Cloudburst got me…

padding down to the garage to collect the car. I waited it out in a driveway recess, a private gate and a sandstone house set back behind the trees. Corners unknown stand under the sky, a few steps can take us bang into another life. And I cling to my unexpected sights and discoveries in my travels, faces and signposts and shopfronts glimpsed over the decades and never forgotten. There is so much to witness and investigate, an endless bounty of sights. But in a moment the rain has moved on and so have I, resuming my plod to the oil-stained yard, the key-strewn bench and my tin-silk cocoon. I must stop driving and walk about more, kick up the pavement fragrance, eyes open to the world.

There’s a whiff…

of nuclear obliteration in the air again, a musty memory from the ‘8os I thought was gone for good. And there’s absence in the house, all the air currents and clicks and creaks of the house are changed, yet to settle. I have that sense of something momentous about to happen but it never comes, only the days padding by my desk chair, flicking me what-now glances as they lope along. So I try to work. The bull-man haunts me even on my river walks, I’ve been writing up dialogue and sketching him out, must close this week. Finish something and move on to the next, hope one of them sells and earns you a ticket onto the water.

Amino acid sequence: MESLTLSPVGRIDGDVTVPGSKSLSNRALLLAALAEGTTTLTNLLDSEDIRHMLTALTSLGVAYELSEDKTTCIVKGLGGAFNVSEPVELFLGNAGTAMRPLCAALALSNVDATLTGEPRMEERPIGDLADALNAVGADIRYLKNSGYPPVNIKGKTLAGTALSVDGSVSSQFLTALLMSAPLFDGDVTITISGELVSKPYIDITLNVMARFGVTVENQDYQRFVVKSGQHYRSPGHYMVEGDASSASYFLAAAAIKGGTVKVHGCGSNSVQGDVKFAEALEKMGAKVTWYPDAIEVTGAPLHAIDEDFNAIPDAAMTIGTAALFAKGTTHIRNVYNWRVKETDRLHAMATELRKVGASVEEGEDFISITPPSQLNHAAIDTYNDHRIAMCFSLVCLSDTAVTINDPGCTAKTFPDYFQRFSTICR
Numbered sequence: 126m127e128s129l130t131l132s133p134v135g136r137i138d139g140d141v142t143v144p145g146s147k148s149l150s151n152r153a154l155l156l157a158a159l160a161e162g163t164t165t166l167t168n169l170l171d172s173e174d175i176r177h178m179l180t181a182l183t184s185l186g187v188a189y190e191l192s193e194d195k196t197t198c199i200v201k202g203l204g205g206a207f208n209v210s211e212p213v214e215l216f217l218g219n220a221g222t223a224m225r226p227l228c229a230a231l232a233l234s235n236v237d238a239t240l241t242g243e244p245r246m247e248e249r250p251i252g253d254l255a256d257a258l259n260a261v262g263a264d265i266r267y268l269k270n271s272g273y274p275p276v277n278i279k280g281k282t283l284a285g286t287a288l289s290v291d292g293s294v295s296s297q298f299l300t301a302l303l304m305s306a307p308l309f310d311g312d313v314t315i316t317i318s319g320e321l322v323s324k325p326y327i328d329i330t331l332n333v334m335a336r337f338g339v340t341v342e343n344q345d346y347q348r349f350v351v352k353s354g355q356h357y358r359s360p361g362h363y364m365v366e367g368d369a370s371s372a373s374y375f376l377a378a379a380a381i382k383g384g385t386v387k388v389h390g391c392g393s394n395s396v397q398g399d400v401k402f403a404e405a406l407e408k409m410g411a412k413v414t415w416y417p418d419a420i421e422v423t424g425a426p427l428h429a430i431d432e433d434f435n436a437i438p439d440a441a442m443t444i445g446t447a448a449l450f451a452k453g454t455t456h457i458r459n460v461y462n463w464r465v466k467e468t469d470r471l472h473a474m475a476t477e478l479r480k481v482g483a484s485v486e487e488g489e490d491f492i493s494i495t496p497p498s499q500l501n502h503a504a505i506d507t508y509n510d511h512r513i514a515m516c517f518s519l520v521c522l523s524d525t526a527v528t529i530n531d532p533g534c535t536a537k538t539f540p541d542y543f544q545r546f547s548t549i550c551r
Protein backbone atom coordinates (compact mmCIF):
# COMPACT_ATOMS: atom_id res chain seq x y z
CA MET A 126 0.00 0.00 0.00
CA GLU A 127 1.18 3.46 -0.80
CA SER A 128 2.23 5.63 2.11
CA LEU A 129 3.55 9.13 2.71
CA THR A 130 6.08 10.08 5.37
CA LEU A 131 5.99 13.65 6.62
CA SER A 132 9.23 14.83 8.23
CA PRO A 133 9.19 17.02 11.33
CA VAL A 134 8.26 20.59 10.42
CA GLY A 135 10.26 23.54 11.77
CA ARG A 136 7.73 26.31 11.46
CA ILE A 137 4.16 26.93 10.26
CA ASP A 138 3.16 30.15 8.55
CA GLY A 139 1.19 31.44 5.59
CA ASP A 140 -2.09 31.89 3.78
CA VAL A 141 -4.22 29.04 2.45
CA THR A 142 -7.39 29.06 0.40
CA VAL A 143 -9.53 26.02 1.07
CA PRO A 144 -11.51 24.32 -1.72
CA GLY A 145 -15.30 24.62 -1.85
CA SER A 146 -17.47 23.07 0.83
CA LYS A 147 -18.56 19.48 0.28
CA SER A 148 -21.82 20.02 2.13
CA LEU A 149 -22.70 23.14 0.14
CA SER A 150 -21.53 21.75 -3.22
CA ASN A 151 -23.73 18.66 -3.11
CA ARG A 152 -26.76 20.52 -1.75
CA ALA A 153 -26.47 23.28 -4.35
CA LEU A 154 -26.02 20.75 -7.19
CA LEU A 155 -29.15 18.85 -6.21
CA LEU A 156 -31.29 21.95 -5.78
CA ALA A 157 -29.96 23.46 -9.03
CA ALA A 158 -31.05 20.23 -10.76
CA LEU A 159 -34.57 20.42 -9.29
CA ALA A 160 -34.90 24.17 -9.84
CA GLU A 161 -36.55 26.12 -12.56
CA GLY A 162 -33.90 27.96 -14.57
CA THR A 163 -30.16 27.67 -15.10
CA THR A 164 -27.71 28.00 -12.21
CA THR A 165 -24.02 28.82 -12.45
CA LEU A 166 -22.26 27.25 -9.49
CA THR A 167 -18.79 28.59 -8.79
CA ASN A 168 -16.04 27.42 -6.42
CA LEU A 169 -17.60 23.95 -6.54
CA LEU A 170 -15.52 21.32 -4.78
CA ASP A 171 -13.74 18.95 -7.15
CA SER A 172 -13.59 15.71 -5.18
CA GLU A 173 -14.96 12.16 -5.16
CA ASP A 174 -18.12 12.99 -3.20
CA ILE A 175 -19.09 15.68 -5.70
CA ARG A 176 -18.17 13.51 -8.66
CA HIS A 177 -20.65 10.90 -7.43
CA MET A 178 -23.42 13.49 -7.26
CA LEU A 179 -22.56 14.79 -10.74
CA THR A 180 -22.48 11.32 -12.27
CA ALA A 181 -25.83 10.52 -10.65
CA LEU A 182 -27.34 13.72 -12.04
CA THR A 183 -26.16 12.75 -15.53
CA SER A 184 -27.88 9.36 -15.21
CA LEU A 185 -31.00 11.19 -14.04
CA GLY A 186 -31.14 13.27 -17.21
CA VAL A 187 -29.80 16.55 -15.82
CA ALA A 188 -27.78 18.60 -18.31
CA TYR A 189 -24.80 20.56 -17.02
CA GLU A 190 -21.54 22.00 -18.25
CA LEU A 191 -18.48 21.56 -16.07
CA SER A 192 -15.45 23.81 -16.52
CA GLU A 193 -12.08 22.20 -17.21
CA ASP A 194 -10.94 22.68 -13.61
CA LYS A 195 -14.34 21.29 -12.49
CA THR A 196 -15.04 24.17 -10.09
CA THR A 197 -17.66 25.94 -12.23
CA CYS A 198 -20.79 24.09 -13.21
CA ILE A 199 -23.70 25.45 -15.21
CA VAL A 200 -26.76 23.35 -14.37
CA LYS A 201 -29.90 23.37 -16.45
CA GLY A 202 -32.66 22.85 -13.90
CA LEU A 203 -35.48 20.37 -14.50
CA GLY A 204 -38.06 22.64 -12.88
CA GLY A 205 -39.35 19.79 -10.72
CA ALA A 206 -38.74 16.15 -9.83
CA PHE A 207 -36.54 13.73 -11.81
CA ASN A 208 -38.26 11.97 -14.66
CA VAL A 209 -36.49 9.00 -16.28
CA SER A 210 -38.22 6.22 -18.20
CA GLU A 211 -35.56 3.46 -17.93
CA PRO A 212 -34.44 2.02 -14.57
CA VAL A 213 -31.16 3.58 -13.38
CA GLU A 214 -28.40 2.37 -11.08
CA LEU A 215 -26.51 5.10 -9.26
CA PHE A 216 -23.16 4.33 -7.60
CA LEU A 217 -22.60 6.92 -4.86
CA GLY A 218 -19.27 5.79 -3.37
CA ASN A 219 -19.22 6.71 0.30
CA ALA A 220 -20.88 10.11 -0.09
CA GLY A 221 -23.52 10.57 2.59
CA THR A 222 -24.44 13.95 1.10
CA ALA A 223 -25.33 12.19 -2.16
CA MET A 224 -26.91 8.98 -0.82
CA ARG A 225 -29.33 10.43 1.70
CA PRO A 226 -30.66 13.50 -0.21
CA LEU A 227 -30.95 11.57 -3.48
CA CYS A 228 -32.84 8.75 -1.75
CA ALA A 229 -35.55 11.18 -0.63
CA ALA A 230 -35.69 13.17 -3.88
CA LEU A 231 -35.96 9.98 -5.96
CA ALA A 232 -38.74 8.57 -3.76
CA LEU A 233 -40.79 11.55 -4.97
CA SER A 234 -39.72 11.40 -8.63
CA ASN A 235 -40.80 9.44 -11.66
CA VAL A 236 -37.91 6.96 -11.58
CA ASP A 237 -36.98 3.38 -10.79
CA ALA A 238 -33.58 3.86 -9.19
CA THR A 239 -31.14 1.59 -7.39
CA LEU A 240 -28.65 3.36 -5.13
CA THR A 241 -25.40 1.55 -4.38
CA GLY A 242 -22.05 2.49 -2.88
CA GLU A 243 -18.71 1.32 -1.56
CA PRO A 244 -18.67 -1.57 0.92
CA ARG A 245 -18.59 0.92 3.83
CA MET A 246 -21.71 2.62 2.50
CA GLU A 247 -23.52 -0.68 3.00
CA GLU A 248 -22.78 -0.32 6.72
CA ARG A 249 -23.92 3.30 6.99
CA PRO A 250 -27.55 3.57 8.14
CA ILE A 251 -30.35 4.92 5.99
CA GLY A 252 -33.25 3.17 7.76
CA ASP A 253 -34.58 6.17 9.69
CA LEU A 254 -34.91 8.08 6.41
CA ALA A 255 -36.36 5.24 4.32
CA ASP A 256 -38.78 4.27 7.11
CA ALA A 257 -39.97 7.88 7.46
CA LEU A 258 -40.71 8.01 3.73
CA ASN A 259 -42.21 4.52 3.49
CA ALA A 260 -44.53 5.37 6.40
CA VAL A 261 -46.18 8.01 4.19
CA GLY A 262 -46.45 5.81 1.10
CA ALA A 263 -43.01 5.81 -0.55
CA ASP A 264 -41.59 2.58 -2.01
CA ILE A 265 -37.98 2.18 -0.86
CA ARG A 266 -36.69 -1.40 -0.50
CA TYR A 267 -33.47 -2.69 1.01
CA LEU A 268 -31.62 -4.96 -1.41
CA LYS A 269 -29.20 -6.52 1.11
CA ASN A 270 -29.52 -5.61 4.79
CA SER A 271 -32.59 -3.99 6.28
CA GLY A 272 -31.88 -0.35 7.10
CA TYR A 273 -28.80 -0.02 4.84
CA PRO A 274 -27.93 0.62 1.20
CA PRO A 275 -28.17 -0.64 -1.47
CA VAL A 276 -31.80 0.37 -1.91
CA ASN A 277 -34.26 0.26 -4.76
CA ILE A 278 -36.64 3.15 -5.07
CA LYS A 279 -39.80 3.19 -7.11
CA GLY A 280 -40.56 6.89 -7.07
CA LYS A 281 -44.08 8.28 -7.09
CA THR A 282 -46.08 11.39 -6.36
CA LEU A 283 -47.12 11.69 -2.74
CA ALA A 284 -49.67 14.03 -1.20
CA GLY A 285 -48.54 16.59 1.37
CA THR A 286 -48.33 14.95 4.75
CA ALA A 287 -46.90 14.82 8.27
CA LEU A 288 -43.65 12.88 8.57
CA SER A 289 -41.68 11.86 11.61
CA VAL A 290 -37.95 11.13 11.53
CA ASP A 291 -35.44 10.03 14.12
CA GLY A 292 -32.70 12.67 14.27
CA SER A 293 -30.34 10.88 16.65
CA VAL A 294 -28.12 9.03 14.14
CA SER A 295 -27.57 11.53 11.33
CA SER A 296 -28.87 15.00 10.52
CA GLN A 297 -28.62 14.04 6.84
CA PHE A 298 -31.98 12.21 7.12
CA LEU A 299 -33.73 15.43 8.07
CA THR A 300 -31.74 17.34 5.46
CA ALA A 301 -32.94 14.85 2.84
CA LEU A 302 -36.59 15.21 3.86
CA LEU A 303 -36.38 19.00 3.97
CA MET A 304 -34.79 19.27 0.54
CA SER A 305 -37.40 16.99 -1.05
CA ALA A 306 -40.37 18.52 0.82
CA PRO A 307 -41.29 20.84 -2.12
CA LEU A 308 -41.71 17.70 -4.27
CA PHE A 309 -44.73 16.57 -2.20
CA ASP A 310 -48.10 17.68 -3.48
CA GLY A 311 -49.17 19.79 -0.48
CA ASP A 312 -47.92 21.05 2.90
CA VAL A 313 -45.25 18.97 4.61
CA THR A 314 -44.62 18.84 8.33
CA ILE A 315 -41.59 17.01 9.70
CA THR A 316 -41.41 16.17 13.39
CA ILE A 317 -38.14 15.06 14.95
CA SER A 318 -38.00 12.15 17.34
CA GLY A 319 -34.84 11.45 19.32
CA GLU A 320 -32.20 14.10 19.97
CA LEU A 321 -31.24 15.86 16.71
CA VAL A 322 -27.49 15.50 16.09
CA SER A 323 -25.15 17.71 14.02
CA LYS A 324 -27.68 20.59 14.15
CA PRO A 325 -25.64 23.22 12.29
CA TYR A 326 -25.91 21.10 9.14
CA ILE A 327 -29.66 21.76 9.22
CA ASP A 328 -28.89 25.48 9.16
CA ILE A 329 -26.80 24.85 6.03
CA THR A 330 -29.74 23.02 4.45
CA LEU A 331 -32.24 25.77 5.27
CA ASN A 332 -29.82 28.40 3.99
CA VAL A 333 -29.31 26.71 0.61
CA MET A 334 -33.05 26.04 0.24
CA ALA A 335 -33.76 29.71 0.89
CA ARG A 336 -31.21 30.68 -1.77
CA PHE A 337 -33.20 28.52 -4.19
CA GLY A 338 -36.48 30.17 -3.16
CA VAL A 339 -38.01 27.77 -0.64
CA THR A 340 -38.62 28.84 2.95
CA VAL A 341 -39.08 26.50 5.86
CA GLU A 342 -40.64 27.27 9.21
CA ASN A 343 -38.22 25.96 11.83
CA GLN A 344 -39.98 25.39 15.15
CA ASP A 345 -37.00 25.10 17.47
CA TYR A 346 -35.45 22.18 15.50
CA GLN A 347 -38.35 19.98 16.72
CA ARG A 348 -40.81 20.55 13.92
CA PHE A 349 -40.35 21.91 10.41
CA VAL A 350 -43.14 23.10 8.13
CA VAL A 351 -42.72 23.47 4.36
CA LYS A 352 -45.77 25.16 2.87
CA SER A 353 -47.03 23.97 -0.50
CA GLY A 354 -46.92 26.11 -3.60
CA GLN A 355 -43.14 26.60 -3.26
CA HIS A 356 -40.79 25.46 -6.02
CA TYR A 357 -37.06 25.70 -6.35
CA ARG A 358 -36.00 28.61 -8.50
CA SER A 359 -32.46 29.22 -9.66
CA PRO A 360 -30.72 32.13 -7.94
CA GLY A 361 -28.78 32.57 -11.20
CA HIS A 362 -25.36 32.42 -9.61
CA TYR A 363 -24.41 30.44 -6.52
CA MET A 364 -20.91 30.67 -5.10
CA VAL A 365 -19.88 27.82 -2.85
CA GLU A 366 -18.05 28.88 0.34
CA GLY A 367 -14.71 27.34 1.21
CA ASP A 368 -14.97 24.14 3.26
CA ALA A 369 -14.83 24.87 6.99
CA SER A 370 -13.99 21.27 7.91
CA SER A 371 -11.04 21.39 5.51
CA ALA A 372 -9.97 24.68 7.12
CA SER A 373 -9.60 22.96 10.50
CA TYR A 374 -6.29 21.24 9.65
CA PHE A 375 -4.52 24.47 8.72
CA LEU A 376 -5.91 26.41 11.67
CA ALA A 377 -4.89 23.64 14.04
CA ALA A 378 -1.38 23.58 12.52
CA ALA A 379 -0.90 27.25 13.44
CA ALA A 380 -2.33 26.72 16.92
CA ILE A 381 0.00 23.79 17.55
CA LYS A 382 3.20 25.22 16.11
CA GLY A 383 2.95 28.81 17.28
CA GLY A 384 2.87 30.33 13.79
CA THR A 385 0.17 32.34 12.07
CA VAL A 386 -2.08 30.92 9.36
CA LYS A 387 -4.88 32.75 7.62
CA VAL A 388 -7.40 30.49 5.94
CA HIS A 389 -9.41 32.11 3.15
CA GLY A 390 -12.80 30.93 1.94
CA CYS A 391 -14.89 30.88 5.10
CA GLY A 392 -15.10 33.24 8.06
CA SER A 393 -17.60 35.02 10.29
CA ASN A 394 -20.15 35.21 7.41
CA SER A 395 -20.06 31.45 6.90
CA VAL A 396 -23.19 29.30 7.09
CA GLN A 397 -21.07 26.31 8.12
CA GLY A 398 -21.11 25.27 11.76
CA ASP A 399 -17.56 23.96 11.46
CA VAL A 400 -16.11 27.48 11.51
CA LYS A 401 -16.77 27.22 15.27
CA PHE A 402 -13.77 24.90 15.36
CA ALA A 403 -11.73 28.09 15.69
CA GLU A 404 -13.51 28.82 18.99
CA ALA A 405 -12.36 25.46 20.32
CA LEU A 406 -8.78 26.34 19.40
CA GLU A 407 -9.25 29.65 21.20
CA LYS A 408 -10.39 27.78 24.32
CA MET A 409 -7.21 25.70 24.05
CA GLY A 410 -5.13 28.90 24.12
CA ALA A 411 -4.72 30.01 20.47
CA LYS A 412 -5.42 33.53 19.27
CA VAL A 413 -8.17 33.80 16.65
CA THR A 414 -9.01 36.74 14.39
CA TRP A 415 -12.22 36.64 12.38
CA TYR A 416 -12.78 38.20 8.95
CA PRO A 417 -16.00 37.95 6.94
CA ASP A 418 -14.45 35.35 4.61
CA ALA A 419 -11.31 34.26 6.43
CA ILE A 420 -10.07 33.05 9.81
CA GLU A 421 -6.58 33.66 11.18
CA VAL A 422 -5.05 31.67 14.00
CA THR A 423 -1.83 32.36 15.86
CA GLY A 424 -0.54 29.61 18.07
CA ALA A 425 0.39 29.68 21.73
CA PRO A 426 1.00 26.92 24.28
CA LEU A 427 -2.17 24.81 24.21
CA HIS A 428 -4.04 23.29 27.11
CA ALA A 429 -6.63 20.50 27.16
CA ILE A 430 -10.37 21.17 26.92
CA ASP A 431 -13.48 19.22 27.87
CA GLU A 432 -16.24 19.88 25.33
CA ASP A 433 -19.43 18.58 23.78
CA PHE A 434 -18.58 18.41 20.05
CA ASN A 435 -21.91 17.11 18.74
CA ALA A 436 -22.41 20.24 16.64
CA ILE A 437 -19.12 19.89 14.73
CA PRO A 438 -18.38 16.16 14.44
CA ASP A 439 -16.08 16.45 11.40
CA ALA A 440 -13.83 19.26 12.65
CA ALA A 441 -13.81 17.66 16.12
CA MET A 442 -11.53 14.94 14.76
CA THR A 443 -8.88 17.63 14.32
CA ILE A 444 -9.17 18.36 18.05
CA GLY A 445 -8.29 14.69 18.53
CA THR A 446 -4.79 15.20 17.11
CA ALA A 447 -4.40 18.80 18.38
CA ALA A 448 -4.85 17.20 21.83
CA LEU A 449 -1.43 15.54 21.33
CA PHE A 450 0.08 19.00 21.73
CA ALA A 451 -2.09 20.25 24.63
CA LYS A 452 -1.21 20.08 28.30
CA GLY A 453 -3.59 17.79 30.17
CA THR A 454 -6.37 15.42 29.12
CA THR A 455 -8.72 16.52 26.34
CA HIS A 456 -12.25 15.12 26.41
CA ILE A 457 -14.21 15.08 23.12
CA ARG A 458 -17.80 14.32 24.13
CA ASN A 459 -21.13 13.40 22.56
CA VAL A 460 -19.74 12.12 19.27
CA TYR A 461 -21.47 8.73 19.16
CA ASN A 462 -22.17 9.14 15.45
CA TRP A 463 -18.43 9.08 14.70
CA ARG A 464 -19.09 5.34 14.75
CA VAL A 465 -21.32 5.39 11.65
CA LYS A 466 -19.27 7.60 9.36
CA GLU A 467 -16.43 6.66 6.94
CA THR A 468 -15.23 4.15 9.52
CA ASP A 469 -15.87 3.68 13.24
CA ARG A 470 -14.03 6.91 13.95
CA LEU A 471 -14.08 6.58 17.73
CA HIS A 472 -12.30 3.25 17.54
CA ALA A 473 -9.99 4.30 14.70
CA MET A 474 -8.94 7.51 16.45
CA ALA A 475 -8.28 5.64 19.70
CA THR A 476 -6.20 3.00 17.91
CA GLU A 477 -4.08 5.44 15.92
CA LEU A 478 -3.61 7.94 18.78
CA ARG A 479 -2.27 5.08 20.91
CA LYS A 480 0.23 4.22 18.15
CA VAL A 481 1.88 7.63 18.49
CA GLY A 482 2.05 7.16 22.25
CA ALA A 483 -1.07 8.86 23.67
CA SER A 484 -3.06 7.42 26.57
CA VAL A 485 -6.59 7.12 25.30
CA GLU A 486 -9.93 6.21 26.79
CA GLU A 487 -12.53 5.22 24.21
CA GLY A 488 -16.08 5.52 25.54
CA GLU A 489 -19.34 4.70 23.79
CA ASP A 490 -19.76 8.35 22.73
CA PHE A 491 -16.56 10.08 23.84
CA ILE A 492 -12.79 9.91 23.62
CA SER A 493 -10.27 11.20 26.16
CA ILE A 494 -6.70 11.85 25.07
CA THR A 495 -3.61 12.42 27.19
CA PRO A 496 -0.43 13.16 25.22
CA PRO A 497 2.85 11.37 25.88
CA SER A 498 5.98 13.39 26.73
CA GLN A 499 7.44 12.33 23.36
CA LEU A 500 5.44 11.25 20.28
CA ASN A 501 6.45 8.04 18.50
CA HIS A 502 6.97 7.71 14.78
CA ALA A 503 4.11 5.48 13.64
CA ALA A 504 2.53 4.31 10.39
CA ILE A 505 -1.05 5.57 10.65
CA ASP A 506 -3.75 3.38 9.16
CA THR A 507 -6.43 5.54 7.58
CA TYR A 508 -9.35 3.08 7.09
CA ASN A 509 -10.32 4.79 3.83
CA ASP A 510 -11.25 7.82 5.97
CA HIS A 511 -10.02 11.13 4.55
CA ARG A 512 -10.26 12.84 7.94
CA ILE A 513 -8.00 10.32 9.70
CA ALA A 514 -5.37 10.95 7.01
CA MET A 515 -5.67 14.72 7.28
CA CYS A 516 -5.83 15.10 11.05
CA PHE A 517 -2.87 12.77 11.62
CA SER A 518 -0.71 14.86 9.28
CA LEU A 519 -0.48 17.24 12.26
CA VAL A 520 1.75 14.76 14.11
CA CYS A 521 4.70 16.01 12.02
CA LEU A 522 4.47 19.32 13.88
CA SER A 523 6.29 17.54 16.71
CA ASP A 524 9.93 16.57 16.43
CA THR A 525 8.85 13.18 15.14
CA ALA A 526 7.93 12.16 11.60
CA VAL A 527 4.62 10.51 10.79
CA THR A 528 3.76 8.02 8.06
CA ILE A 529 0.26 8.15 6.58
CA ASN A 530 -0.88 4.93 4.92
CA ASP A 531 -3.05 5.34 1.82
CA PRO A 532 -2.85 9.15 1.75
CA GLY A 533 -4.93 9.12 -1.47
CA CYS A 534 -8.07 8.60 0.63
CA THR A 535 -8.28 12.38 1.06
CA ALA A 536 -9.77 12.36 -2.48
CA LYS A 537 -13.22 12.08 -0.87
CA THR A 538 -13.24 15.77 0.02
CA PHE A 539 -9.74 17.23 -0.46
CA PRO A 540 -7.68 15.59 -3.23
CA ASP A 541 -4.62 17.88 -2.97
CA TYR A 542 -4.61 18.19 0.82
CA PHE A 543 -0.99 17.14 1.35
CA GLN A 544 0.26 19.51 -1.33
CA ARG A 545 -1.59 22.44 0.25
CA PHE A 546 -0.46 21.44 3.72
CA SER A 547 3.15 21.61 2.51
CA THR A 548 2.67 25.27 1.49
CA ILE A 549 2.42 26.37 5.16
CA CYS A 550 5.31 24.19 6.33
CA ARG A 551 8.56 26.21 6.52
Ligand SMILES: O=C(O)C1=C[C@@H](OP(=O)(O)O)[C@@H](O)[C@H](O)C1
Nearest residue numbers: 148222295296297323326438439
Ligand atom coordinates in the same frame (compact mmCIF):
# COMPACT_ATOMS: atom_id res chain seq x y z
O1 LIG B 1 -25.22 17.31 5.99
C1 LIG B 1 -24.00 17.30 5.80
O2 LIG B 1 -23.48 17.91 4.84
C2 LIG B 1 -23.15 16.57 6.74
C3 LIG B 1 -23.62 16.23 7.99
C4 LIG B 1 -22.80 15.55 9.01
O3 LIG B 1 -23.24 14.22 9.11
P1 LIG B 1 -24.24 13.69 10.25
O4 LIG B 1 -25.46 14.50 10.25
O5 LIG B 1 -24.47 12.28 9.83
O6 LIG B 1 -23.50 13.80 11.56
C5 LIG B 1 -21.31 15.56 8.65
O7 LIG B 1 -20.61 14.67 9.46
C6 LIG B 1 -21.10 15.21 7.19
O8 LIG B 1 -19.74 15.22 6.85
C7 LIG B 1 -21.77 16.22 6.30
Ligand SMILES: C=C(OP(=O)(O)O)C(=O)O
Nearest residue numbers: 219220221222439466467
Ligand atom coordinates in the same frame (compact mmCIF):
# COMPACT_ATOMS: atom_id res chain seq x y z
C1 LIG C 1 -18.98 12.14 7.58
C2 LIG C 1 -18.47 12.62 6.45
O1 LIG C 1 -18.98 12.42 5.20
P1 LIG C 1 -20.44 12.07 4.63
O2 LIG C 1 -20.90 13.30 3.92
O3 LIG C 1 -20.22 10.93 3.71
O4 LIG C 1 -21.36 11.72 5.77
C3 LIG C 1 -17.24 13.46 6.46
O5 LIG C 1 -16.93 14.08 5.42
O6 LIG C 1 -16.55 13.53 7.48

I came across the tents…

on an early croissant run, I’d forgotten the fair was in town. Once a year the college closes the grand old street runnng into the centre, to demonstrate ownership and spin the bright lights as they’ve done for centuries. I pick my way through the cables and splatted candyfloss, treading carefully for my pastry shop. I should kick the habit but I’m weak. I like to eat bold from the bag, on the hoof, Belmondo quick-stepping down the alleyways in his mac, some backstreet business on the far side of the show that can’t wait. But I’m only making for the hatchback in a 30-minute bay, the roll home to the desk and more hours at the keys. I’m brushing the crumbs from my cuffs as I click through the gears.

There for the one o’clock gun…

and the funeral rites. In the evening we wander by the faithful hound amid the throng, find a show. The town struts in the glare of the sun but the heat mugs me, back at the hotel I’m too tired and too hot to sleep. I lie panting in the shadows tormented by visions of rising seas and cracked fields, riots and mobs and a lost political class all out of ideas. The night dies in the hours before dawn and the air blows in fresh from the firth. Before 8 I’m out on the cobbles, chasing up a coffee and a pastry. There’s so much to be done, so much to see. Step out and shrug the fear.

Dollars for delights…

short-lasting though they might be. The ceaseless in/out tidal slosh of earning afflicts most of us but in different ways and scale. Some commodities are equalizers, fit for all palates. Others are kept hidden and apart in the walled gardens of the rich. I’m out in the wider enclosure.

It doesn’t look far…